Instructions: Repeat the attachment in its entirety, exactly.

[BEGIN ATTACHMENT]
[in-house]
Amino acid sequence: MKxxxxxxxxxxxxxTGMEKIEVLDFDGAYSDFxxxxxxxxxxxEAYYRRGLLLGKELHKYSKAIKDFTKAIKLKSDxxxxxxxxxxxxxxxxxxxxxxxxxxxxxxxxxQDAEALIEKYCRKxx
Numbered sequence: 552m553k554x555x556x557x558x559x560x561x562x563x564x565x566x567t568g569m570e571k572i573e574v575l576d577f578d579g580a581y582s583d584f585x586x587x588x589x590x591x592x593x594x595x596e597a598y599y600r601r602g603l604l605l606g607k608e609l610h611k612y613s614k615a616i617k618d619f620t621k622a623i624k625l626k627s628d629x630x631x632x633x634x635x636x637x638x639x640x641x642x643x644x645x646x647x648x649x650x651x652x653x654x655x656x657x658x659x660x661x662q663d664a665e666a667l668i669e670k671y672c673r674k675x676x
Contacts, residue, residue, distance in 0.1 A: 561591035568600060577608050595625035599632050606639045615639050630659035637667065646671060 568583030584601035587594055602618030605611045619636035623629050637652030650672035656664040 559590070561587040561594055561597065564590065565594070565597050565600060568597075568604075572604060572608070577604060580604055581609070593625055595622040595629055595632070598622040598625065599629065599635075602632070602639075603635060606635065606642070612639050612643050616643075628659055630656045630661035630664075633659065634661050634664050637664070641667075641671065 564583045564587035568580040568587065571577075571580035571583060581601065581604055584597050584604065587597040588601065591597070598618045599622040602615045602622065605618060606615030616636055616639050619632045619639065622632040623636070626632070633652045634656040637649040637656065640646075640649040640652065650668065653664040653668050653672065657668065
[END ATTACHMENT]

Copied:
[in-house]
Amino acid sequence: MKxxxxxxxxxxxxxTGMEKIEVLDFDGAYSDFxxxxxxxxxxxEAYYRRGLLLGKELHKYSKAIKDFTKAIKLKSDxxxxxxxxxxxxxxxxxxxxxxxxxxxxxxxxxQDAEALIEKYCRKxx
Numbered sequence: 552m553k554x555x556x557x558x559x560x561x562x563x564x565x566x567t568g569m570e571k572i573e574v575l576d577f578d579g580a581y582s583d584f585x586x587x588x589x590x591x592x593x594x595x596e597a598y599y600r601r602g603l604l605l606g607k608e609l610h611k612y613s614k615a616i617k618d619f620t621k622a623i624k625l626k627s628d629x630x631x632x633x634x635x636x637x638x639x640x641x642x643x644x645x646x647x648x649x650x651x652x653x654x655x656x657x658x659x660x661x662q663d664a665e666a667l668i669e670k671y672c673r674k675x676x
Contacts, residue, residue, distance in 0.1 A: 561591035568600060577608050595625035599632050606639045615639050630659035637667065646671060 568583030584601035587594055602618030605611045619636035623629050637652030650672035656664040 559590070561587040561594055561597065564590065565594070565597050565600060568597075568604075572604060572608070577604060580604055581609070593625055595622040595629055595632070598622040598625065599629065599635075602632070602639075603635060606635065606642070612639050612643050616643075628659055630656045630661035630664075633659065634661050634664050637664070641667075641671065 564583045564587035568580040568587065571577075571580035571583060581601065581604055584597050584604065587597040588601065591597070598618045599622040602615045602622065605618060606615030616636055616639050619632045619639065622632040623636070626632070633652045634656040637649040637656065640646075640649040640652065650668065653664040653668050653672065657668065